We landed up in Goma, on Congolese territory. In the midst of the sea of people, a tanker truck belonging to the ICRC was distributing water to the refugees. I shall never forget how my children's eyes shone when, hungry, thirsty and exhausted, they drank their first glass of water in many hours. I also remember that the Red Cross delegate smiled at us.
I was lucky enough to find room in a hut on the outskirts of the camp, where a hundred or so other people were living crammed together. We had just one meal in the evening, consisting of two potatoes and a few spoonfuls of beans, although I alw ays saved my potatoes so that the children would have something to eat the following lunchtime.
We were still hoping to go home as soon as possible, and never thought that our exile would be so long and painful. On the whole we were well received by the Congolese. To this day I remember one woman selling fruit on the roadside who gave my children a banana each. However, we also heard insults of all kinds against the refugees, and some were even robbed of the little they had managed to save.
Too thin to be recognized
Two young women and a man who were living in our hut had just died of cholera. I was so afraid for my children that I decided to leave. The money I had guarded so jealously was just enough to buy plane tickets. My sister was working for the United Nations in Nairobi and had managed to contact us. Everything was arranged. We flew to the Kenyan capital, relieved to escape this nightmare. One of my sister's friends who came to meet us at the airport did not recognize us: thin and tired, we no longer looked like the people on the photo he had in his hand. When my sister saw him coming back without us, she started crying and entreated him to return to the airport, this time with a board with my name on it.
In Nairobi, I learned that the ICRC's tracing agency could help me find my husband, of whom I had still had no news. Located by delegates in Goma, he was able to send a Red Cross message telling me that he was taking the next cargo plane to Kenya. At this moment, the tracing agency, which was looking for someone who spoke French, Kinyarwanda and English, asked me to come and work for them. I began my new job that very evening! I was so happy that I would now be able to help others who were in need.
My work consisted of entering data about unaccompanied children and tracing requests int o the tracing agency's database. In my eyes, each child's registration card was the story of a life. The story of a child who was lost, separated from its parents, desperate. A story that could have been my daughter's or my son's. For me, the child and the card were one and the same. This fear of being separated from my children, which had never left me during my ordeal, helped me to understand how other people felt when they did not know where their relatives were. I was extremely motivated, and each family reunification that the ICRC organized was a great source of satisfaction for me.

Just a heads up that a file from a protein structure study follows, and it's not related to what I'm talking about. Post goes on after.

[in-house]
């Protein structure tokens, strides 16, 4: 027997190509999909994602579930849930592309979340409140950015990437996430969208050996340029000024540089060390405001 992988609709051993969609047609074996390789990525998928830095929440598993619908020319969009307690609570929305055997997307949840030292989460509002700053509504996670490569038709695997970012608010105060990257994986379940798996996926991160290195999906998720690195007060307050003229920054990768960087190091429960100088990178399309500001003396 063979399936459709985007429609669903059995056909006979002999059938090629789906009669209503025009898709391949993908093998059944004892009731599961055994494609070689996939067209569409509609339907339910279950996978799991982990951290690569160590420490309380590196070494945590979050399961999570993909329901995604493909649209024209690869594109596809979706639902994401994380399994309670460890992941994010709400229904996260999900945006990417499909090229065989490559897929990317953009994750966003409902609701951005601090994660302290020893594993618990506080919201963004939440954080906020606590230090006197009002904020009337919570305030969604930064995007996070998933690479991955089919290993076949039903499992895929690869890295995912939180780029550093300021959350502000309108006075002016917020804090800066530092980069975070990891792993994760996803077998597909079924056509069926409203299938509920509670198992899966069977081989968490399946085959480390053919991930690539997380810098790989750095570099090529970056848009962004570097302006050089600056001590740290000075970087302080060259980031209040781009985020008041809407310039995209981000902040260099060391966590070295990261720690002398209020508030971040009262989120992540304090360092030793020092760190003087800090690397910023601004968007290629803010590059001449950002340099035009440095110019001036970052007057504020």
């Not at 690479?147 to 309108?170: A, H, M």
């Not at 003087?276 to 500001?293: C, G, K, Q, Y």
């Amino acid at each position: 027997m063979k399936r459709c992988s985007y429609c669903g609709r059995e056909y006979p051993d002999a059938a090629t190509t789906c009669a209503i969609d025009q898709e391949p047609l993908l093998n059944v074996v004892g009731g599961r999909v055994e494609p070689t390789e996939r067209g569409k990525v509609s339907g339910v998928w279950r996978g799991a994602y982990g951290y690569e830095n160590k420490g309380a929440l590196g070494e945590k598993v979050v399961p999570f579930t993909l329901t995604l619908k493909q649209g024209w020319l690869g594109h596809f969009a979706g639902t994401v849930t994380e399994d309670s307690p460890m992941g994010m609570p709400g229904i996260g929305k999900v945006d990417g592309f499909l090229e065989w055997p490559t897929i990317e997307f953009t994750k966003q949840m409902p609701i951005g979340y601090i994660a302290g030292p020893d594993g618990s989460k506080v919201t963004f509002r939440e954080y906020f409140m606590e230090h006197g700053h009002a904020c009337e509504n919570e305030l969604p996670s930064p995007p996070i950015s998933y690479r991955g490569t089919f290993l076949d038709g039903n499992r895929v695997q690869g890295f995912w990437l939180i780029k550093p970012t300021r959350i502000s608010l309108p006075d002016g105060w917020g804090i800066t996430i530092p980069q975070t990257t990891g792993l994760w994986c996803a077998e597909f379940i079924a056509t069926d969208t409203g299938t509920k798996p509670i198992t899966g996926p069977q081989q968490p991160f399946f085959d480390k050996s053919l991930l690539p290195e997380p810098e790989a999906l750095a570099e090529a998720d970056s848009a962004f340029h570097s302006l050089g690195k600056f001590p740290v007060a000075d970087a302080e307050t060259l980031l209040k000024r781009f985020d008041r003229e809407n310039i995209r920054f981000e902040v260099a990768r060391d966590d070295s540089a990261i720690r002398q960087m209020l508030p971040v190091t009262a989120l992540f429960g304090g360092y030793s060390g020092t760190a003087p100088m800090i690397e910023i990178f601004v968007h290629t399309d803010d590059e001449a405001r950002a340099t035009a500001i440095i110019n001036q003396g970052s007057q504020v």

You can imagine my surprise and joy when, one day, in the middle of a stack of cards I was processing, I discovered those of my own cousins, who had been found when fleeing to ex-Zaire and later reunited with their aunt, my mother.
I continued my work in Nairobi, and was promoted a number of times, until the tracing agency was closed. That was when the ICRC asked me to come and work in Geneva to assist the Protection Division in training delegates and administrators in using the software for centralizing tracing data. After this I worked as a database manager for the Africa region. I fought to be able to stay in Geneva and accepted this position in a different division at ICRC headquarters above all so that my children could stay in a better school system, and so they would not relive what they had been through. Thanks to this position, I can give them the chance to grow up in a healthier social, cultural and psychological environment and acquire a wider range of knowledge.